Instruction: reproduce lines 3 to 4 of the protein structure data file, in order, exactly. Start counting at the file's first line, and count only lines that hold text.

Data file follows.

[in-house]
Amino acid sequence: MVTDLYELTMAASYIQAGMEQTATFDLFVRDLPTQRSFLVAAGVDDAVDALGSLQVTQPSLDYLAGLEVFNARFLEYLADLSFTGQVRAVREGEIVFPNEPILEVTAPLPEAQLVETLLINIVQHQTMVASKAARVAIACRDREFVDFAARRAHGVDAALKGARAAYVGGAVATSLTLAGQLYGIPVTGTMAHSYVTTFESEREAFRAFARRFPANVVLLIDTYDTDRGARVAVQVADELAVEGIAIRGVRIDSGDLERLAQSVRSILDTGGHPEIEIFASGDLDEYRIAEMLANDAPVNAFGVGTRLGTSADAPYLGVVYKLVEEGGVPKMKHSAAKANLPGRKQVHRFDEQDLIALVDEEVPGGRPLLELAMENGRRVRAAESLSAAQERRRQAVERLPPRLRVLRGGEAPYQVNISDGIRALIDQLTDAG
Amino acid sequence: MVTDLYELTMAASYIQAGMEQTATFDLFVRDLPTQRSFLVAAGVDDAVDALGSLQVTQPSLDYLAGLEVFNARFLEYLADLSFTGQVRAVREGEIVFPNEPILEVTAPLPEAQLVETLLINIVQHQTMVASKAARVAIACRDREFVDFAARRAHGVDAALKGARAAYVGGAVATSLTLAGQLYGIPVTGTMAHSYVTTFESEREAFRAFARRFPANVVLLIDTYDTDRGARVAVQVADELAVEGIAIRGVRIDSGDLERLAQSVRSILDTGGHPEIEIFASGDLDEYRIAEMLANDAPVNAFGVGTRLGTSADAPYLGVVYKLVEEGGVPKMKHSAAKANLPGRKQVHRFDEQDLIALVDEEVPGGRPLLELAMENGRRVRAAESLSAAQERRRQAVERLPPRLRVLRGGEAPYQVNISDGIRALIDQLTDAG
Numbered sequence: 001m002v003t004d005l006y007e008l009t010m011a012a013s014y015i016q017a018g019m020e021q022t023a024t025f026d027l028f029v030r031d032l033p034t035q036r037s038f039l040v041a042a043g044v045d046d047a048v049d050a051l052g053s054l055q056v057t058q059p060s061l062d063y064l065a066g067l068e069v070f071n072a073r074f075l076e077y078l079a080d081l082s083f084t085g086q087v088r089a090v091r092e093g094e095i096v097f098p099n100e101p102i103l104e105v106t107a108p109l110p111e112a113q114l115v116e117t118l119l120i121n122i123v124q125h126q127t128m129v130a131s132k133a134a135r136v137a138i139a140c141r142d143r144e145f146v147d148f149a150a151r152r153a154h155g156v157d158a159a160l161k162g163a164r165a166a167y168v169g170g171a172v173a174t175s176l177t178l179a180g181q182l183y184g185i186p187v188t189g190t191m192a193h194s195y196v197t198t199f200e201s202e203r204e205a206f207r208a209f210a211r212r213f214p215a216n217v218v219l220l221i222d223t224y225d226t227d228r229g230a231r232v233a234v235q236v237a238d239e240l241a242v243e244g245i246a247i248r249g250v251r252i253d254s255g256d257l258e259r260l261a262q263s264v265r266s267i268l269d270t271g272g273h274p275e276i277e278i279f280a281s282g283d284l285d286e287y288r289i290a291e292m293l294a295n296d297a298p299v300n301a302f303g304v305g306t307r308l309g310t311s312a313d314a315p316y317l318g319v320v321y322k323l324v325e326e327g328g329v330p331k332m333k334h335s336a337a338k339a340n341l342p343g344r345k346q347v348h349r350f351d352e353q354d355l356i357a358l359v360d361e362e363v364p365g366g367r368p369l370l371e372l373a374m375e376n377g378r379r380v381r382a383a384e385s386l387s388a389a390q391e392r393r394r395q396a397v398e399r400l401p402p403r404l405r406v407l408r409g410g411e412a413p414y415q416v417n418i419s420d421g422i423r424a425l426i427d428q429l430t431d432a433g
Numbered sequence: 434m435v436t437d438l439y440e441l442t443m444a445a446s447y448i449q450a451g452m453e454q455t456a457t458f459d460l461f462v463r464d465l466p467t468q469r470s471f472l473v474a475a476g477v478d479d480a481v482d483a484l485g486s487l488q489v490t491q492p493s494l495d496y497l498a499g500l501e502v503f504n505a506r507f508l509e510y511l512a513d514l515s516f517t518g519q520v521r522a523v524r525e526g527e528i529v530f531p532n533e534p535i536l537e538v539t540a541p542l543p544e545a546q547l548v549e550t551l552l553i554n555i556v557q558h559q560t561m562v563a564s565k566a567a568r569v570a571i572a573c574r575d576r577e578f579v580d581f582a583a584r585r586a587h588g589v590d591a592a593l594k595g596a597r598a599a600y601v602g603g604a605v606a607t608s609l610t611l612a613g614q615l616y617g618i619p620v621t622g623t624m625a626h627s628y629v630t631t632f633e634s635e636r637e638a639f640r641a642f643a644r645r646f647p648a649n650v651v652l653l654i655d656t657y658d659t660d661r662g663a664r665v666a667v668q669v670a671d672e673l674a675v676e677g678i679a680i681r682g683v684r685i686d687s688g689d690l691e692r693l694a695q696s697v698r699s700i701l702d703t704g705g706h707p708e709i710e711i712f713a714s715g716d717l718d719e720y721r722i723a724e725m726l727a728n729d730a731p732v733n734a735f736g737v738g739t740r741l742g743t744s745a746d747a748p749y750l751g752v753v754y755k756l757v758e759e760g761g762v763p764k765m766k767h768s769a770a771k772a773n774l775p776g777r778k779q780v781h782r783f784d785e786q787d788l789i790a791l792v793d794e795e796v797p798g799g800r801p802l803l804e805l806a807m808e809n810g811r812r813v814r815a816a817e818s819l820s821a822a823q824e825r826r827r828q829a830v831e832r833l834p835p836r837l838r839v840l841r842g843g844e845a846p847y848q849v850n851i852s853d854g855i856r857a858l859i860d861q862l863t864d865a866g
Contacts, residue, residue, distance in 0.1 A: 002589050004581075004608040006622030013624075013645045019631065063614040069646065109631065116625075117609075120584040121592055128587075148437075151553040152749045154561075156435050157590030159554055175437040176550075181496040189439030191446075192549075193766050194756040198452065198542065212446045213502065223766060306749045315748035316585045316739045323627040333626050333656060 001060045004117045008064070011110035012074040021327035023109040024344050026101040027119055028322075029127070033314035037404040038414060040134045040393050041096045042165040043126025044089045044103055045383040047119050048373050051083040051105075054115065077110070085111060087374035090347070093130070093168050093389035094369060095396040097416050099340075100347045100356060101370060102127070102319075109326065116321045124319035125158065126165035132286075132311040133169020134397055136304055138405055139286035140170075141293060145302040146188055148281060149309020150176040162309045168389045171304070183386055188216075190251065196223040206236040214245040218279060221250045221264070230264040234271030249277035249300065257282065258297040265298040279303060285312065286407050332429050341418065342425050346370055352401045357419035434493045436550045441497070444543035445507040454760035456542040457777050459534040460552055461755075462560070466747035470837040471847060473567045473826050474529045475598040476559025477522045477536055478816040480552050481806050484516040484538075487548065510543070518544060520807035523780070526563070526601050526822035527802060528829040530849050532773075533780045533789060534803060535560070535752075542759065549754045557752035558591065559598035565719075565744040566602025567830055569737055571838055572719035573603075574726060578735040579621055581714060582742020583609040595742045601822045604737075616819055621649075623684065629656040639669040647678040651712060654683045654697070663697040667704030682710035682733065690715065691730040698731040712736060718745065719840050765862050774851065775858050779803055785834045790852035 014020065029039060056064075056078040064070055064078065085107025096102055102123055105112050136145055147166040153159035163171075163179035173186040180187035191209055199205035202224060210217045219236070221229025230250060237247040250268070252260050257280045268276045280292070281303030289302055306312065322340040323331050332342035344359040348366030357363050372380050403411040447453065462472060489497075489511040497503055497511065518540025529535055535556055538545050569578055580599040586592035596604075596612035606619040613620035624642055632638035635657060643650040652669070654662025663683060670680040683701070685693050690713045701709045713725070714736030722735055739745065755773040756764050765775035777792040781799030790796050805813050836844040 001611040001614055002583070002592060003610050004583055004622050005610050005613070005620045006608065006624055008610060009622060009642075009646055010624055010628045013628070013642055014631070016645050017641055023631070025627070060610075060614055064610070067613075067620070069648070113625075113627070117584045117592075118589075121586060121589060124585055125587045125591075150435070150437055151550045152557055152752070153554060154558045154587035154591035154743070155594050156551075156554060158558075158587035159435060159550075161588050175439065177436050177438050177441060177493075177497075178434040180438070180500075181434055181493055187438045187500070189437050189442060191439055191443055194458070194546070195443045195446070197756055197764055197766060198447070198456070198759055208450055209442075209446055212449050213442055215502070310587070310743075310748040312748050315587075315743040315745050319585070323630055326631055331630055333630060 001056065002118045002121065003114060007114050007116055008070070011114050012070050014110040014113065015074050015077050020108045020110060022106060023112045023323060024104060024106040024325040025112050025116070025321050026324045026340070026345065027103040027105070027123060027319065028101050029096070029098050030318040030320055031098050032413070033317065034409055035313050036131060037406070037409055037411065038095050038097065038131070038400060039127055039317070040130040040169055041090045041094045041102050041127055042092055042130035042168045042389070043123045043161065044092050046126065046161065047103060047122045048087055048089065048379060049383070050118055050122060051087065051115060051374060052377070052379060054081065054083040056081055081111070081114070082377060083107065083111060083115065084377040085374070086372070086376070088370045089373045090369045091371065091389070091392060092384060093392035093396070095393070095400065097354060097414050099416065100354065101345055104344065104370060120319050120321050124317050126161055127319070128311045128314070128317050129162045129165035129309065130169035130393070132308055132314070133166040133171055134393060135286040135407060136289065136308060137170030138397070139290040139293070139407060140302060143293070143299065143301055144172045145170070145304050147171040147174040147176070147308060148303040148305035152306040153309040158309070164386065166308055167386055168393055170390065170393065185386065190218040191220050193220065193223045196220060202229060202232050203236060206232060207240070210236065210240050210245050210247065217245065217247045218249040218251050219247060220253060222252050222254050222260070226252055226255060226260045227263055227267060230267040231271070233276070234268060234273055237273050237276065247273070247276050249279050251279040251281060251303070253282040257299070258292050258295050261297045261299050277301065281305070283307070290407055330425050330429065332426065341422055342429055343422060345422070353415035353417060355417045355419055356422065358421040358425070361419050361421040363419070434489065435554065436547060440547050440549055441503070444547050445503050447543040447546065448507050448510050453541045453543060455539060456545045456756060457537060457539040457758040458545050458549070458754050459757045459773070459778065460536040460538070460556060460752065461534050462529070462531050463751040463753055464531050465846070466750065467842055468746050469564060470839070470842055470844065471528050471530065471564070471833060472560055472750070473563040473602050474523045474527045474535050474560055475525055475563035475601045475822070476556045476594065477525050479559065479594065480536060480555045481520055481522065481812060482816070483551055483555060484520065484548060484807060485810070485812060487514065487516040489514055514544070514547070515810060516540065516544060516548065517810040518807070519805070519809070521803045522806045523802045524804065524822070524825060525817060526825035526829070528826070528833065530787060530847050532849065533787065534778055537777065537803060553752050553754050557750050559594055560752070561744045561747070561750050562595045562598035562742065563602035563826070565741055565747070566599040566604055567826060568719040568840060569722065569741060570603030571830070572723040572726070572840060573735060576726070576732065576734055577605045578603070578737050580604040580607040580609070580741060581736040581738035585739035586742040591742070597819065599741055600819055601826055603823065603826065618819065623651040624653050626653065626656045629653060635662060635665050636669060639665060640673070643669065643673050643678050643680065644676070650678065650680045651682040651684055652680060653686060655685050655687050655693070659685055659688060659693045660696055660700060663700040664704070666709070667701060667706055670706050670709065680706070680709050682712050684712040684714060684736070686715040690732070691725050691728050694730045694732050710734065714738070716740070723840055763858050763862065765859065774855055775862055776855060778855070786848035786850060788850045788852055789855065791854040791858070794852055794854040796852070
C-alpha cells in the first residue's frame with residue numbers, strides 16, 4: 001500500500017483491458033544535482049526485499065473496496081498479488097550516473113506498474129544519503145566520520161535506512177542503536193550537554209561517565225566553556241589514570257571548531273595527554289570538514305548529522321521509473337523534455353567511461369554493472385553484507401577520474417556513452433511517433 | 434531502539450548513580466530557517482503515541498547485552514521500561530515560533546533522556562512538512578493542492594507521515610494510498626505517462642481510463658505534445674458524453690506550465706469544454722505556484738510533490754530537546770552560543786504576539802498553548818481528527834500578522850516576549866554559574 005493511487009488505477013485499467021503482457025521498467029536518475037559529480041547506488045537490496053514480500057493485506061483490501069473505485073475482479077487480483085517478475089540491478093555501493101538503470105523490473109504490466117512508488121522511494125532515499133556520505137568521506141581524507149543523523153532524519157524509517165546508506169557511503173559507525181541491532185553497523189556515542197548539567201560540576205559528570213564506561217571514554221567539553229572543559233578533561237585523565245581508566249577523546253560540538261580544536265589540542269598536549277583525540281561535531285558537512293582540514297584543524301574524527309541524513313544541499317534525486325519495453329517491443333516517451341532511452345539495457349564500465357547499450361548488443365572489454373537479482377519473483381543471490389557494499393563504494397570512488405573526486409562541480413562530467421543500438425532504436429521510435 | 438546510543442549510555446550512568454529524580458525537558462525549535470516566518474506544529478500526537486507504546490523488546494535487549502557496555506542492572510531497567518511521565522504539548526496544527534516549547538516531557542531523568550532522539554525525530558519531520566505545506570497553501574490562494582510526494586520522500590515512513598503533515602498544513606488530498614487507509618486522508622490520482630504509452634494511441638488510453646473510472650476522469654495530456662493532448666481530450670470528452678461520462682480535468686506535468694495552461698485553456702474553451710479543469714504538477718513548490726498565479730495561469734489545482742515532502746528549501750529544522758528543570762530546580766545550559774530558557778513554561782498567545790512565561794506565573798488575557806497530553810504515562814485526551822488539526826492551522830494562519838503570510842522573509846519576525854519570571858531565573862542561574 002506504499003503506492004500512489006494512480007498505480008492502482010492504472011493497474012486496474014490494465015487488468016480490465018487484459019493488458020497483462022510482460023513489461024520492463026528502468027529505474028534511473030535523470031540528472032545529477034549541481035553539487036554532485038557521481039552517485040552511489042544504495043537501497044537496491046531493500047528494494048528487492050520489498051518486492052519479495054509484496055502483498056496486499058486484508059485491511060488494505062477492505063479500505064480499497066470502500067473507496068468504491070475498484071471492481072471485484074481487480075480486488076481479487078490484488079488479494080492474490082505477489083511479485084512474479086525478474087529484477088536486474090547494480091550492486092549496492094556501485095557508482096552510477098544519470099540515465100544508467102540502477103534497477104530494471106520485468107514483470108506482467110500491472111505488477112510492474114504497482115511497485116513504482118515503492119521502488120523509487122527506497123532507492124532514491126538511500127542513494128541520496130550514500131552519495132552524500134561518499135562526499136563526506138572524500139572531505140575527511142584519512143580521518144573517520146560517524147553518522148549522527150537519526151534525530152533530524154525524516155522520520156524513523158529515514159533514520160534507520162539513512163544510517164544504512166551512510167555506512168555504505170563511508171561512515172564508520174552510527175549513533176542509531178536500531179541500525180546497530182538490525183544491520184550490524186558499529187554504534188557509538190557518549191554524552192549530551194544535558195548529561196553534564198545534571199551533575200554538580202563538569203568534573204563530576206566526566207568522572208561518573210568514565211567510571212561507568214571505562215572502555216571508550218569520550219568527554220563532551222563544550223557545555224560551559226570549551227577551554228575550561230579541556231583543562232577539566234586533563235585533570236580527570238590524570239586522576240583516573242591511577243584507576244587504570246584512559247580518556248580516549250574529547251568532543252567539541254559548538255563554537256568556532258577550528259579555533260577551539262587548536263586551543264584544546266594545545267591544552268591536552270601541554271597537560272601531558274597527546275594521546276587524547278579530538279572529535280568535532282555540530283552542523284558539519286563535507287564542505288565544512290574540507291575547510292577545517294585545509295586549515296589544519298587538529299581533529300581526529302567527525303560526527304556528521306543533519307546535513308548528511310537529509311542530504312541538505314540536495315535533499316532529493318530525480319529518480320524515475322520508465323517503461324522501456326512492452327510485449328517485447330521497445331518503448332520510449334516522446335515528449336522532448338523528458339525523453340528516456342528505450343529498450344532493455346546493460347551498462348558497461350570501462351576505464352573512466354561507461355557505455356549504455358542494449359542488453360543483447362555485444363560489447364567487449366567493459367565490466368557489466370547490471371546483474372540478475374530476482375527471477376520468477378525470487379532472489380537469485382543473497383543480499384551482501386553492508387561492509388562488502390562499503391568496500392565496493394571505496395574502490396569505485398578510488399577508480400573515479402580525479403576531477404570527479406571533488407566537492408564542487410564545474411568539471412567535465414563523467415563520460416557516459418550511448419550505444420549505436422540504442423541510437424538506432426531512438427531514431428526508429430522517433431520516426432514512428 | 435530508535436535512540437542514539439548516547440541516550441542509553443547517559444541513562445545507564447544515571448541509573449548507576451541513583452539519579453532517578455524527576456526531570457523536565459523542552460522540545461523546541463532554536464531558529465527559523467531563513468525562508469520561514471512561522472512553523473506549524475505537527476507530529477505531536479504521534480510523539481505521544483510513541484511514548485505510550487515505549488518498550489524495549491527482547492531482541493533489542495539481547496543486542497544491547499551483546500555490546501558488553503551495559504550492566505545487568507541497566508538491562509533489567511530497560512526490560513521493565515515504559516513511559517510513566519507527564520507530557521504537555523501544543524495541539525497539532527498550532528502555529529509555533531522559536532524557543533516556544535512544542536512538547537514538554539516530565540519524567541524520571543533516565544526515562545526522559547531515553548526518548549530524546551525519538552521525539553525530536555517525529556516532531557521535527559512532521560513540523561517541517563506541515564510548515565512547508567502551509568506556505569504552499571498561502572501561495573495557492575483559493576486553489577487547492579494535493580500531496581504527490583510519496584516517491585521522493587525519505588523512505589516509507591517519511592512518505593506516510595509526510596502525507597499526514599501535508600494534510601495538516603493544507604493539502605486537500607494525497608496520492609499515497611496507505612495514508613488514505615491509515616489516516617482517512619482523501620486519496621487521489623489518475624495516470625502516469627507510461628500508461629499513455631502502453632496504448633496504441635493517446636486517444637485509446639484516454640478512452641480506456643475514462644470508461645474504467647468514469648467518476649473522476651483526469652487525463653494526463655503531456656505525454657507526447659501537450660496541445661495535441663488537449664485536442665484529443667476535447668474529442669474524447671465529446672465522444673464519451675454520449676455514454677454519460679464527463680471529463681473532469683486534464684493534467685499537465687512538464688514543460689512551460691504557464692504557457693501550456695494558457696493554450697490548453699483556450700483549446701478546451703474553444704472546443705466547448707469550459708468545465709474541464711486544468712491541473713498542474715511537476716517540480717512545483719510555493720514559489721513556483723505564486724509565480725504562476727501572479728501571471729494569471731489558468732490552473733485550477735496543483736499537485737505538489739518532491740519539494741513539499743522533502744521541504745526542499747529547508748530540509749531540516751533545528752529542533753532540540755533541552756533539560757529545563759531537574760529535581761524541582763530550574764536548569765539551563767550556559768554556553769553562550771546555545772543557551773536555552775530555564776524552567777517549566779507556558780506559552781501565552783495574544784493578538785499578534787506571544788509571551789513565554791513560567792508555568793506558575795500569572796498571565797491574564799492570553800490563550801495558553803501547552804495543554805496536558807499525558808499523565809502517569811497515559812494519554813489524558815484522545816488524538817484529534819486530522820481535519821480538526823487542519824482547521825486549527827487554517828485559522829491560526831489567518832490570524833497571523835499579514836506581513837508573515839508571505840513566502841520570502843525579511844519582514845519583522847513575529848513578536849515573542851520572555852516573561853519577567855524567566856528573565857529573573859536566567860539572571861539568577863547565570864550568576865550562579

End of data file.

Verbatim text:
Amino acid sequence: MVTDLYELTMAASYIQAGMEQTATFDLFVRDLPTQRSFLVAAGVDDAVDALGSLQVTQPSLDYLAGLEVFNARFLEYLADLSFTGQVRAVREGEIVFPNEPILEVTAPLPEAQLVETLLINIVQHQTMVASKAARVAIACRDREFVDFAARRAHGVDAALKGARAAYVGGAVATSLTLAGQLYGIPVTGTMAHSYVTTFESEREAFRAFARRFPANVVLLIDTYDTDRGARVAVQVADELAVEGIAIRGVRIDSGDLERLAQSVRSILDTGGHPEIEIFASGDLDEYRIAEMLANDAPVNAFGVGTRLGTSADAPYLGVVYKLVEEGGVPKMKHSAAKANLPGRKQVHRFDEQDLIALVDEEVPGGRPLLELAMENGRRVRAAESLSAAQERRRQAVERLPPRLRVLRGGEAPYQVNISDGIRALIDQLTDAG
Numbered sequence: 001m002v003t004d005l006y007e008l009t010m011a012a013s014y015i016q017a018g019m020e021q022t023a024t025f026d027l028f029v030r031d032l033p034t035q036r037s038f039l040v041a042a043g044v045d046d047a048v049d050a051l052g053s054l055q056v057t058q059p060s061l062d063y064l065a066g067l068e069v070f071n072a073r074f075l076e077y078l079a080d081l082s083f084t085g086q087v088r089a090v091r092e093g094e095i096v097f098p099n100e101p102i103l104e105v106t107a108p109l110p111e112a113q114l115v116e117t118l119l120i121n122i123v124q125h126q127t128m129v130a131s132k133a134a135r136v137a138i139a140c141r142d143r144e145f146v147d148f149a150a151r152r153a154h155g156v157d158a159a160l161k162g163a164r165a166a167y168v169g170g171a172v173a174t175s176l177t178l179a180g181q182l183y184g185i186p187v188t189g190t191m192a193h194s195y196v197t198t199f200e201s202e203r204e205a206f207r208a209f210a211r212r213f214p215a216n217v218v219l220l221i222d223t224y225d226t227d228r229g230a231r232v233a234v235q236v237a238d239e240l241a242v243e244g245i246a247i248r249g250v251r252i253d254s255g256d257l258e259r260l261a262q263s264v265r266s267i268l269d270t271g272g273h274p275e276i277e278i279f280a281s282g283d284l285d286e287y288r289i290a291e292m293l294a295n296d297a298p299v300n301a302f303g304v305g306t307r308l309g310t311s312a313d314a315p316y317l318g319v320v321y322k323l324v325e326e327g328g329v330p331k332m333k334h335s336a337a338k339a340n341l342p343g344r345k346q347v348h349r350f351d352e353q354d355l356i357a358l359v360d361e362e363v364p365g366g367r368p369l370l371e372l373a374m375e376n377g378r379r380v381r382a383a384e385s386l387s388a389a390q391e392r393r394r395q396a397v398e399r400l401p402p403r404l405r406v407l408r409g410g411e412a413p414y415q416v417n418i419s420d421g422i423r424a425l426i427d428q429l430t431d432a433g